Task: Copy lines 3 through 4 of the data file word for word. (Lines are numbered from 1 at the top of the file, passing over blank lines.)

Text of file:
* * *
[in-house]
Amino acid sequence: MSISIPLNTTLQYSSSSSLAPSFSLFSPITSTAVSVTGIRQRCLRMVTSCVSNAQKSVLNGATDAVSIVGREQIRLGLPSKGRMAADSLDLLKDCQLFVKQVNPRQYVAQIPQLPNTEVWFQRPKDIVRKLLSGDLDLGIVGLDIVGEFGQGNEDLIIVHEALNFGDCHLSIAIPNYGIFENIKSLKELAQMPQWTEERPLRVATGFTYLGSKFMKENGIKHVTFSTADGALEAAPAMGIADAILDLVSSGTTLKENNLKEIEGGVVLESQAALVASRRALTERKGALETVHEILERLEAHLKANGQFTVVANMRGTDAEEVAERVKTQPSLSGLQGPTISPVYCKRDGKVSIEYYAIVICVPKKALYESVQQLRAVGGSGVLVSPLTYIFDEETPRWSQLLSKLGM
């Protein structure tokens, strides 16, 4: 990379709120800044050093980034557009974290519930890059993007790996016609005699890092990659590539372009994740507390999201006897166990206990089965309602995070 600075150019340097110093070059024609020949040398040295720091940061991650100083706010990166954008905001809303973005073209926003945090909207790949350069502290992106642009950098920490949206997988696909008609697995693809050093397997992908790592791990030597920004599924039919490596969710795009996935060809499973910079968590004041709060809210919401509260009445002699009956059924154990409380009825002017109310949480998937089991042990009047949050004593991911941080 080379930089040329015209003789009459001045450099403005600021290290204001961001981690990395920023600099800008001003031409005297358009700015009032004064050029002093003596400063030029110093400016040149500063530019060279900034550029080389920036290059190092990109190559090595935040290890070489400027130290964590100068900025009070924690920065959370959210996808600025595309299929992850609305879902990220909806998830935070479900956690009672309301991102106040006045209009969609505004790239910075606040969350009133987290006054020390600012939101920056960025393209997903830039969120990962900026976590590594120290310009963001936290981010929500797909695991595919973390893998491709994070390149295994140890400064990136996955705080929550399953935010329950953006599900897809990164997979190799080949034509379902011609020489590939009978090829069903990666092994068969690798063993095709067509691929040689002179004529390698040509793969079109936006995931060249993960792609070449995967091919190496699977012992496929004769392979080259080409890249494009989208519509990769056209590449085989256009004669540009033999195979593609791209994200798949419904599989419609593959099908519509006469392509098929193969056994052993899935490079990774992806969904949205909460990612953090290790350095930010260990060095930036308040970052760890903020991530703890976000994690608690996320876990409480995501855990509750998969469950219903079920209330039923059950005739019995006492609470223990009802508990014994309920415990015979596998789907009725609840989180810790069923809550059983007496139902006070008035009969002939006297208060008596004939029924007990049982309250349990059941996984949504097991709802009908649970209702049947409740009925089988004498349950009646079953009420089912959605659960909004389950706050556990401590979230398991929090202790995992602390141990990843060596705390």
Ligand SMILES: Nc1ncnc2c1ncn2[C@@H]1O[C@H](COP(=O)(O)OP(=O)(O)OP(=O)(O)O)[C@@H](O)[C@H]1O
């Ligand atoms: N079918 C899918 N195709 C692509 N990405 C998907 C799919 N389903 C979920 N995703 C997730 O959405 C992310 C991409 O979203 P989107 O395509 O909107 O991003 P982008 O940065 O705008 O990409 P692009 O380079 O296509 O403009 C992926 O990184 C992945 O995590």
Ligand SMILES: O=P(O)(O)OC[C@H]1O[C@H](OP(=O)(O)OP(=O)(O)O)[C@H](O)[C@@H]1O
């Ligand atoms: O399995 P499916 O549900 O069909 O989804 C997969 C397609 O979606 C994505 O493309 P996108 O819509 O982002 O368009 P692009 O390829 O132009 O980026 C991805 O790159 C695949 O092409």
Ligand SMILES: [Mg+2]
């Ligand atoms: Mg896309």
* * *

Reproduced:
């Protein structure tokens, strides 16, 4: 990379709120800044050093980034557009974290519930890059993007790996016609005699890092990659590539372009994740507390999201006897166990206990089965309602995070 600075150019340097110093070059024609020949040398040295720091940061991650100083706010990166954008905001809303973005073209926003945090909207790949350069502290992106642009950098920490949206997988696909008609697995693809050093397997992908790592791990030597920004599924039919490596969710795009996935060809499973910079968590004041709060809210919401509260009445002699009956059924154990409380009825002017109310949480998937089991042990009047949050004593991911941080 080379930089040329015209003789009459001045450099403005600021290290204001961001981690990395920023600099800008001003031409005297358009700015009032004064050029002093003596400063030029110093400016040149500063530019060279900034550029080389920036290059190092990109190559090595935040290890070489400027130290964590100068900025009070924690920065959370959210996808600025595309299929992850609305879902990220909806998830935070479900956690009672309301991102106040006045209009969609505004790239910075606040969350009133987290006054020390600012939101920056960025393209997903830039969120990962900026976590590594120290310009963001936290981010929500797909695991595919973390893998491709994070390149295994140890400064990136996955705080929550399953935010329950953006599900897809990164997979190799080949034509379902011609020489590939009978090829069903990666092994068969690798063993095709067509691929040689002179004529390698040509793969079109936006995931060249993960792609070449995967091919190496699977012992496929004769392979080259080409890249494009989208519509990769056209590449085989256009004669540009033999195979593609791209994200798949419904599989419609593959099908519509006469392509098929193969056994052993899935490079990774992806969904949205909460990612953090290790350095930010260990060095930036308040970052760890903020991530703890976000994690608690996320876990409480995501855990509750998969469950219903079920209330039923059950005739019995006492609470223990009802508990014994309920415990015979596998789907009725609840989180810790069923809550059983007496139902006070008035009969002939006297208060008596004939029924007990049982309250349990059941996984949504097991709802009908649970209702049947409740009925089988004498349950009646079953009420089912959605659960909004389950706050556990401590979230398991929090202790995992602390141990990843060596705390």
Ligand SMILES: Nc1ncnc2c1ncn2[C@@H]1O[C@H](COP(=O)(O)OP(=O)(O)OP(=O)(O)O)[C@@H](O)[C@H]1O